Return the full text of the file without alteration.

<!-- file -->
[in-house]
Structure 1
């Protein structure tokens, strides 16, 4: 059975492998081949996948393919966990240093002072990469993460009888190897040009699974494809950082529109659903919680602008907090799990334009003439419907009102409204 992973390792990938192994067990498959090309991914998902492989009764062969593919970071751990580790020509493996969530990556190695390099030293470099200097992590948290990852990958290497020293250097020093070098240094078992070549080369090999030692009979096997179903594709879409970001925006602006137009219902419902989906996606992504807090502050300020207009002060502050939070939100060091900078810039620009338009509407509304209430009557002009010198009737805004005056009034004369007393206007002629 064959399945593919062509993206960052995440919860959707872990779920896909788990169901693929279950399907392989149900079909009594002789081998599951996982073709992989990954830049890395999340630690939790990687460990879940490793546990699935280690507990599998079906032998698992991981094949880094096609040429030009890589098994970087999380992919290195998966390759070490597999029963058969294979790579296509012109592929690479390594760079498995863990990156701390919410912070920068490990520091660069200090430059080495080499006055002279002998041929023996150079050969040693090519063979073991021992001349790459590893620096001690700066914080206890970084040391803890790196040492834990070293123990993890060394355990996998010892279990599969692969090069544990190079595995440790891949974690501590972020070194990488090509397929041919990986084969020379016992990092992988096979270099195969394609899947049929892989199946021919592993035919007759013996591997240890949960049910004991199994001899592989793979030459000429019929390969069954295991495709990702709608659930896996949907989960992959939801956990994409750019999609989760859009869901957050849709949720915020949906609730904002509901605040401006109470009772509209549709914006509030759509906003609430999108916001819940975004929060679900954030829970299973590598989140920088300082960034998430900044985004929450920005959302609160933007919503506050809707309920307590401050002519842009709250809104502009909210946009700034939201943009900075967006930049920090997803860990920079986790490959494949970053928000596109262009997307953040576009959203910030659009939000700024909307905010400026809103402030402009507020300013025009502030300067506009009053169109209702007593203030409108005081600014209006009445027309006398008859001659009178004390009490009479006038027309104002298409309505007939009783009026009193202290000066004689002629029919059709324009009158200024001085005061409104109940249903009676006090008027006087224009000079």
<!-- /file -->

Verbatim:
[in-house]
Structure 1
């Protein structure tokens, strides 16, 4: 059975492998081949996948393919966990240093002072990469993460009888190897040009699974494809950082529109659903919680602008907090799990334009003439419907009102409204 992973390792990938192994067990498959090309991914998902492989009764062969593919970071751990580790020509493996969530990556190695390099030293470099200097992590948290990852990958290497020293250097020093070098240094078992070549080369090999030692009979096997179903594709879409970001925006602006137009219902419902989906996606992504807090502050300020207009002060502050939070939100060091900078810039620009338009509407509304209430009557002009010198009737805004005056009034004369007393206007002629 064959399945593919062509993206960052995440919860959707872990779920896909788990169901693929279950399907392989149900079909009594002789081998599951996982073709992989990954830049890395999340630690939790990687460990879940490793546990699935280690507990599998079906032998698992991981094949880094096609040429030009890589098994970087999380992919290195998966390759070490597999029963058969294979790579296509012109592929690479390594760079498995863990990156701390919410912070920068490990520091660069200090430059080495080499006055002279002998041929023996150079050969040693090519063979073991021992001349790459590893620096001690700066914080206890970084040391803890790196040492834990070293123990993890060394355990996998010892279990599969692969090069544990190079595995440790891949974690501590972020070194990488090509397929041919990986084969020379016992990092992988096979270099195969394609899947049929892989199946021919592993035919007759013996591997240890949960049910004991199994001899592989793979030459000429019929390969069954295991495709990702709608659930896996949907989960992959939801956990994409750019999609989760859009869901957050849709949720915020949906609730904002509901605040401006109470009772509209549709914006509030759509906003609430999108916001819940975004929060679900954030829970299973590598989140920088300082960034998430900044985004929450920005959302609160933007919503506050809707309920307590401050002519842009709250809104502009909210946009700034939201943009900075967006930049920090997803860990920079986790490959494949970053928000596109262009997307953040576009959203910030659009939000700024909307905010400026809103402030402009507020300013025009502030300067506009009053169109209702007593203030409108005081600014209006009445027309006398008859001659009178004390009490009479006038027309104002298409309505007939009783009026009193202290000066004689002629029919059709324009009158200024001085005061409104109940249903009676006090008027006087224009000079």